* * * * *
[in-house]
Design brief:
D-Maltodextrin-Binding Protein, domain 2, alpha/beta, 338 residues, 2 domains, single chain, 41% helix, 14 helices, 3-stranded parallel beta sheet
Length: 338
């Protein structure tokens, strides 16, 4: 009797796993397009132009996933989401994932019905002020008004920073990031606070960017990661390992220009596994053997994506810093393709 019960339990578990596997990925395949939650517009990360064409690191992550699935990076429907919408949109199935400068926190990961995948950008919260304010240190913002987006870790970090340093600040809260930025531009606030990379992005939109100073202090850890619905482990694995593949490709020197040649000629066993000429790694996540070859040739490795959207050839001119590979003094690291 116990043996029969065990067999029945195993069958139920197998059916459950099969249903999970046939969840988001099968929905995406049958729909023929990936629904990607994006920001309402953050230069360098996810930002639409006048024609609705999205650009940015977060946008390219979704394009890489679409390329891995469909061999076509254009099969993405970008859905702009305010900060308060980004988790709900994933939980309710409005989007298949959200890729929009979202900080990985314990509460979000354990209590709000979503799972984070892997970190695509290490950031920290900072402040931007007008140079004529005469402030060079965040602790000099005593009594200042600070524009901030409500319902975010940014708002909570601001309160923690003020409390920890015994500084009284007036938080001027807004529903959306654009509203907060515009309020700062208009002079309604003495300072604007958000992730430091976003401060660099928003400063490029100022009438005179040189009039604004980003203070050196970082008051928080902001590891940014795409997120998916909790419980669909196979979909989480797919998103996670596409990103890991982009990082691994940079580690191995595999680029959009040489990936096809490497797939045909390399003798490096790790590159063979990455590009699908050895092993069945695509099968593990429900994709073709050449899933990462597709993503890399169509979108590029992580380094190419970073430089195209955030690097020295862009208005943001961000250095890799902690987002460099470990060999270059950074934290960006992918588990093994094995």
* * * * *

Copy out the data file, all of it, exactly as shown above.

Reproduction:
[in-house]
Design brief:
D-Maltodextrin-Binding Protein, domain 2, alpha/beta, 338 residues, 2 domains, single chain, 41% helix, 14 helices, 3-stranded parallel beta sheet
Length: 338
């Protein structure tokens, strides 16, 4: 009797796993397009132009996933989401994932019905002020008004920073990031606070960017990661390992220009596994053997994506810093393709 019960339990578990596997990925395949939650517009990360064409690191992550699935990076429907919408949109199935400068926190990961995948950008919260304010240190913002987006870790970090340093600040809260930025531009606030990379992005939109100073202090850890619905482990694995593949490709020197040649000629066993000429790694996540070859040739490795959207050839001119590979003094690291 116990043996029969065990067999029945195993069958139920197998059916459950099969249903999970046939969840988001099968929905995406049958729909023929990936629904990607994006920001309402953050230069360098996810930002639409006048024609609705999205650009940015977060946008390219979704394009890489679409390329891995469909061999076509254009099969993405970008859905702009305010900060308060980004988790709900994933939980309710409005989007298949959200890729929009979202900080990985314990509460979000354990209590709000979503799972984070892997970190695509290490950031920290900072402040931007007008140079004529005469402030060079965040602790000099005593009594200042600070524009901030409500319902975010940014708002909570601001309160923690003020409390920890015994500084009284007036938080001027807004529903959306654009509203907060515009309020700062208009002079309604003495300072604007958000992730430091976003401060660099928003400063490029100022009438005179040189009039604004980003203070050196970082008051928080902001590891940014795409997120998916909790419980669909196979979909989480797919998103996670596409990103890991982009990082691994940079580690191995595999680029959009040489990936096809490497797939045909390399003798490096790790590159063979990455590009699908050895092993069945695509099968593990429900994709073709050449899933990462597709993503890399169509979108590029992580380094190419970073430089195209955030690097020295862009208005943001961000250095890799902690987002460099470990060999270059950074934290960006992918588990093994094995």